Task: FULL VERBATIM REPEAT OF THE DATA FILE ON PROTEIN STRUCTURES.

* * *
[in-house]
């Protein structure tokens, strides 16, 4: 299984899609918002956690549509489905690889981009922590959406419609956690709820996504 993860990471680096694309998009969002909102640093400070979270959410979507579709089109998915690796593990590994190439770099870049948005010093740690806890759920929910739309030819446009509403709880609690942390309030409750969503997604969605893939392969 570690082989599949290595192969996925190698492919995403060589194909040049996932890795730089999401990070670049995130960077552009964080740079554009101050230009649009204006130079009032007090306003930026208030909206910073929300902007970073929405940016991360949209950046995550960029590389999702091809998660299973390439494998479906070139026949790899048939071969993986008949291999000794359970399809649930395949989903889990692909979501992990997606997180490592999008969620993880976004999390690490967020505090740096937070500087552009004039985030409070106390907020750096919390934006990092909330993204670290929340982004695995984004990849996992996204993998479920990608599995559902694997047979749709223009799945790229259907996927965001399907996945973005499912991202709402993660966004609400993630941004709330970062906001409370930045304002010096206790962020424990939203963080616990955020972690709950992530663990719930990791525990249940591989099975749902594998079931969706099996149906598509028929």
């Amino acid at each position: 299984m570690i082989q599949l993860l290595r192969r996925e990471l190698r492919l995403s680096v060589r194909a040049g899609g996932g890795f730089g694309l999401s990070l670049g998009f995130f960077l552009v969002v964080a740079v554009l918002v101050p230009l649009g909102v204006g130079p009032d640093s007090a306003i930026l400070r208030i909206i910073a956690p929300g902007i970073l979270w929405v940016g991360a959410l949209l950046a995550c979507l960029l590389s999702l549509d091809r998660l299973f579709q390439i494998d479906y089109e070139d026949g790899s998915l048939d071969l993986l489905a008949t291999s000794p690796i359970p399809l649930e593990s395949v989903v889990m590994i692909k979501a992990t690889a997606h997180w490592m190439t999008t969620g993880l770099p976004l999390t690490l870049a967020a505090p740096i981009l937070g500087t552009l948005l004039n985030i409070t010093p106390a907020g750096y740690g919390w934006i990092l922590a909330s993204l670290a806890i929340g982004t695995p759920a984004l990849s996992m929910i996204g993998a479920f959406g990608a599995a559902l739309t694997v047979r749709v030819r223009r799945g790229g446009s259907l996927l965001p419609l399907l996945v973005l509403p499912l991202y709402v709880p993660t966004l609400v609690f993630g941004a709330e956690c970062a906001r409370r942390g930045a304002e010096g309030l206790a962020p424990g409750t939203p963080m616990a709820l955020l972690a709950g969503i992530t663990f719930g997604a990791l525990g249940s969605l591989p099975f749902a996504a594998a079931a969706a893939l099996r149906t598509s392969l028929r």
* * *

[in-house]
């Protein structure tokens, strides 16, 4: 299984899609918002956690549509489905690889981009922590959406419609956690709820996504 993860990471680096694309998009969002909102640093400070979270959410979507579709089109998915690796593990590994190439770099870049948005010093740690806890759920929910739309030819446009509403709880609690942390309030409750969503997604969605893939392969 570690082989599949290595192969996925190698492919995403060589194909040049996932890795730089999401990070670049995130960077552009964080740079554009101050230009649009204006130079009032007090306003930026208030909206910073929300902007970073929405940016991360949209950046995550960029590389999702091809998660299973390439494998479906070139026949790899048939071969993986008949291999000794359970399809649930395949989903889990692909979501992990997606997180490592999008969620993880976004999390690490967020505090740096937070500087552009004039985030409070106390907020750096919390934006990092909330993204670290929340982004695995984004990849996992996204993998479920990608599995559902694997047979749709223009799945790229259907996927965001399907996945973005499912991202709402993660966004609400993630941004709330970062906001409370930045304002010096206790962020424990939203963080616990955020972690709950992530663990719930990791525990249940591989099975749902594998079931969706099996149906598509028929």
């Amino acid at each position: 299984m570690i082989q599949l993860l290595r192969r996925e990471l190698r492919l995403s680096v060589r194909a040049g899609g996932g890795f730089g694309l999401s990070l670049g998009f995130f960077l552009v969002v964080a740079v554009l918002v101050p230009l649009g909102v204006g130079p009032d640093s007090a306003i930026l400070r208030i909206i910073a956690p929300g902007i970073l979270w929405v940016g991360a959410l949209l950046a995550c979507l960029l590389s999702l549509d091809r998660l299973f579709q390439i494998d479906y089109e070139d026949g790899s998915l048939d071969l993986l489905a008949t291999s000794p690796i359970p399809l649930e593990s395949v989903v889990m590994i692909k979501a992990t690889a997606h997180w490592m190439t999008t969620g993880l770099p976004l999390t690490l870049a967020a505090p740096i981009l937070g500087t552009l948005l004039n985030i409070t010093p106390a907020g750096y740690g919390w934006i990092l922590a909330s993204l670290a806890i929340g982004t695995p759920a984004l990849s996992m929910i996204g993998a479920f959406g990608a599995a559902l739309t694997v047979r749709v030819r223009r799945g790229g446009s259907l996927l965001p419609l399907l996945v973005l509403p499912l991202y709402v709880p993660t966004l609400v609690f993630g941004a709330e956690c970062a906001r409370r942390g930045a304002e010096g309030l206790a962020p424990g409750t939203p963080m616990a709820l955020l972690a709950g969503i992530t663990f719930g997604a990791l525990g249940s969605l591989p099975f749902a996504a594998a079931a969706a893939l099996r149906t598509s392969l028929r």